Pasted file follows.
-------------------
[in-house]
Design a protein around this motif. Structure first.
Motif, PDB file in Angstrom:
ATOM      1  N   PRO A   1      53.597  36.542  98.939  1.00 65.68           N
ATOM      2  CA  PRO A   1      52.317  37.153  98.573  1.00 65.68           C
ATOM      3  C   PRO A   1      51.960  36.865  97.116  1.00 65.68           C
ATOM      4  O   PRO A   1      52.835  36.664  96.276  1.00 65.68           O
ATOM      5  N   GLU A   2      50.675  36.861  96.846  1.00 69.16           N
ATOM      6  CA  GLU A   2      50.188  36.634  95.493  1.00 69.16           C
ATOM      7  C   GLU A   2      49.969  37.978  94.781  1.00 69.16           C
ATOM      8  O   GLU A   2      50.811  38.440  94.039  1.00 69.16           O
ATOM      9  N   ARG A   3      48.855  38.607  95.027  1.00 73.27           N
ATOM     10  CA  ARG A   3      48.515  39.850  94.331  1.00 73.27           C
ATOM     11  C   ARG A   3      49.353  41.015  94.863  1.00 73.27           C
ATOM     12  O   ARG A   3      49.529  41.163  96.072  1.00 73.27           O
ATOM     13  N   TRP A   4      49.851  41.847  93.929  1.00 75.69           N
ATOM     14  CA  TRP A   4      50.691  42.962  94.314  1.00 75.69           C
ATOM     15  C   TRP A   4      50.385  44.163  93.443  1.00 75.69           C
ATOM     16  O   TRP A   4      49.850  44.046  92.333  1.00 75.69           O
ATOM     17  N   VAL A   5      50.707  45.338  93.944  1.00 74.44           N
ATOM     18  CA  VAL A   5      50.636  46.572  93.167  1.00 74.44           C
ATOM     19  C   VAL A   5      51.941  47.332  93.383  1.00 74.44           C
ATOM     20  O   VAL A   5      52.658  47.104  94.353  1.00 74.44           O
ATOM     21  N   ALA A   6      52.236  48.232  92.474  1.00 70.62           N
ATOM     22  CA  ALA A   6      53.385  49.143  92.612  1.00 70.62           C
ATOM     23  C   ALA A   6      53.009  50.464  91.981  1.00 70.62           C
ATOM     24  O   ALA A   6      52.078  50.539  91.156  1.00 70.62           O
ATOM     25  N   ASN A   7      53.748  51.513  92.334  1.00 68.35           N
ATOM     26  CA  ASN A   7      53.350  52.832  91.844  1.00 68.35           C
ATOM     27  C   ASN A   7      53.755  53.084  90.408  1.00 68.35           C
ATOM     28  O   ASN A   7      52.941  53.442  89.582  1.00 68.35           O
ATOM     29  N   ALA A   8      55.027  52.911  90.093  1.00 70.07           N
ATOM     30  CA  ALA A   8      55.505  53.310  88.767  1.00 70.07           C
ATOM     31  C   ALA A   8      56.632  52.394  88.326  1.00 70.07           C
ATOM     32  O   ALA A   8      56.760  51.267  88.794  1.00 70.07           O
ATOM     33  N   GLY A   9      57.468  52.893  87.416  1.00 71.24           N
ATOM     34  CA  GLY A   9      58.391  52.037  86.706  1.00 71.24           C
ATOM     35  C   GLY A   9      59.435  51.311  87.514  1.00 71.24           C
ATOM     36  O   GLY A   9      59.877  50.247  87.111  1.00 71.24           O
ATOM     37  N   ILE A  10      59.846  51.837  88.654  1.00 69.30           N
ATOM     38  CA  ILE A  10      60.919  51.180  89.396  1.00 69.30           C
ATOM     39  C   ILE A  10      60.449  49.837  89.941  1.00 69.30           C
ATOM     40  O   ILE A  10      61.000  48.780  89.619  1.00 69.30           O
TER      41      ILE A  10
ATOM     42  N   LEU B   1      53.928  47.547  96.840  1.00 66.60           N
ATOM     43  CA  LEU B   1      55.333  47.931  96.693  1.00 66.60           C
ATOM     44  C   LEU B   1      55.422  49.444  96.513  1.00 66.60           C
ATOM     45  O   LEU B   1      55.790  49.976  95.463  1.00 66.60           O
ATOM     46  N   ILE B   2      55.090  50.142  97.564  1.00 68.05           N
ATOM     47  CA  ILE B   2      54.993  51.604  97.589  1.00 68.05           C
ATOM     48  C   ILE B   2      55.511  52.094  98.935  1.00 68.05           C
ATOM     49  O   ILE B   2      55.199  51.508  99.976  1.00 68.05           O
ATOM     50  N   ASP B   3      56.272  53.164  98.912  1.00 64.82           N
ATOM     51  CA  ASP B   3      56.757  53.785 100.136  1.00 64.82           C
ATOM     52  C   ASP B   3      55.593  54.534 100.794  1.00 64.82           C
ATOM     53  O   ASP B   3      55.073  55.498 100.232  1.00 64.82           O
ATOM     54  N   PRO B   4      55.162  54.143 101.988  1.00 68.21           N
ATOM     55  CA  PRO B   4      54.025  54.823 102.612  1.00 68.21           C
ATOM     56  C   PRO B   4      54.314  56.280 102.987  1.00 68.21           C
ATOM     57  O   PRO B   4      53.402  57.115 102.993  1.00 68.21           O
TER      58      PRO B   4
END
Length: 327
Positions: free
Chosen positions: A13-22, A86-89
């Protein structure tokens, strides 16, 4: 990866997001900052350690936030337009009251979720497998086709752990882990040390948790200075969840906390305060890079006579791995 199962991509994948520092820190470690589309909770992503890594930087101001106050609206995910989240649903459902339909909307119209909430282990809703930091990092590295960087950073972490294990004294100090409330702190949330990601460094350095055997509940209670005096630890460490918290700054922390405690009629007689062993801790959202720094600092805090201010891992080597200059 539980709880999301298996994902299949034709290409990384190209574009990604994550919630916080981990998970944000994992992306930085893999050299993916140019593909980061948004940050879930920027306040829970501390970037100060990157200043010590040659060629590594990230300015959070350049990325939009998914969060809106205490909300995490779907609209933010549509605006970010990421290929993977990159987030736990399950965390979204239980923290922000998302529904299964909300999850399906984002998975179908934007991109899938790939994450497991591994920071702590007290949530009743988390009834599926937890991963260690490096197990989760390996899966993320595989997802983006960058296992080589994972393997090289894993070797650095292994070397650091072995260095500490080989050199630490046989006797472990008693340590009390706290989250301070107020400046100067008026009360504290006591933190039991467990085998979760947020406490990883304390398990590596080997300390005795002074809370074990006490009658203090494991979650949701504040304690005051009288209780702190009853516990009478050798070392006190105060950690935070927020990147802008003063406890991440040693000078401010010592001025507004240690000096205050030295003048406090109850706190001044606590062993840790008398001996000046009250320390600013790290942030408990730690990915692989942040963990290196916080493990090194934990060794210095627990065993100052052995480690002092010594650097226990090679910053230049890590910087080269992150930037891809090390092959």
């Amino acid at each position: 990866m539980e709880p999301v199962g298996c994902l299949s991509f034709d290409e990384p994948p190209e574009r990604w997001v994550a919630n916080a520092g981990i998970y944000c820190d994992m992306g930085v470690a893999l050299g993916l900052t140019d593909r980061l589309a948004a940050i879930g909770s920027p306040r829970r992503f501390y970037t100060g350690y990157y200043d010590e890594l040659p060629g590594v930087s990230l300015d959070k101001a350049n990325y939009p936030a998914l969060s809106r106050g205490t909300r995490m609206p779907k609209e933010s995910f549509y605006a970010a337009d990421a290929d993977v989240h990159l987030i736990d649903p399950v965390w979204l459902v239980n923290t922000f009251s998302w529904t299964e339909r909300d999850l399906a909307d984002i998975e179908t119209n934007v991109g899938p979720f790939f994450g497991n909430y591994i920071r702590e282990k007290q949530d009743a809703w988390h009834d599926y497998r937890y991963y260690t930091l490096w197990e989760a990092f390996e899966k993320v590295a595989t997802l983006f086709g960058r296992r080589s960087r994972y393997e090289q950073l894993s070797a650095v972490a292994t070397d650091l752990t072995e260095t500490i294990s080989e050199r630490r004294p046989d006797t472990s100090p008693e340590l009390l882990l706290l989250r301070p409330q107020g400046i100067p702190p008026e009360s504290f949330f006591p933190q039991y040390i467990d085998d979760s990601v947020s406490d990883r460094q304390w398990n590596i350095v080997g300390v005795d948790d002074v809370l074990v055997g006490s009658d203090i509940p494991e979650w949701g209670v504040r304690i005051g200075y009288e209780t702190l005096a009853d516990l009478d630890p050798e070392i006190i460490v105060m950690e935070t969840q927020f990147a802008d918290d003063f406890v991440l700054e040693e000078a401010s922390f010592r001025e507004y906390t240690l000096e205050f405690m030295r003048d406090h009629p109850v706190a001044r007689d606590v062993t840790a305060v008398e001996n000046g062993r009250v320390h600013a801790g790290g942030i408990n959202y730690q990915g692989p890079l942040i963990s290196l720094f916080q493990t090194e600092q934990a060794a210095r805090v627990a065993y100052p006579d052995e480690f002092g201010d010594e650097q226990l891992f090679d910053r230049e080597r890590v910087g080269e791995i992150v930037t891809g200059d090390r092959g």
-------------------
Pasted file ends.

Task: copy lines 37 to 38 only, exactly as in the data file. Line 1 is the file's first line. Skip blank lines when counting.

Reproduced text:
ATOM     34  CA  GLY A   9      58.391  52.037  86.706  1.00 71.24           C
ATOM     35  C   GLY A   9      59.435  51.311  87.514  1.00 71.24           C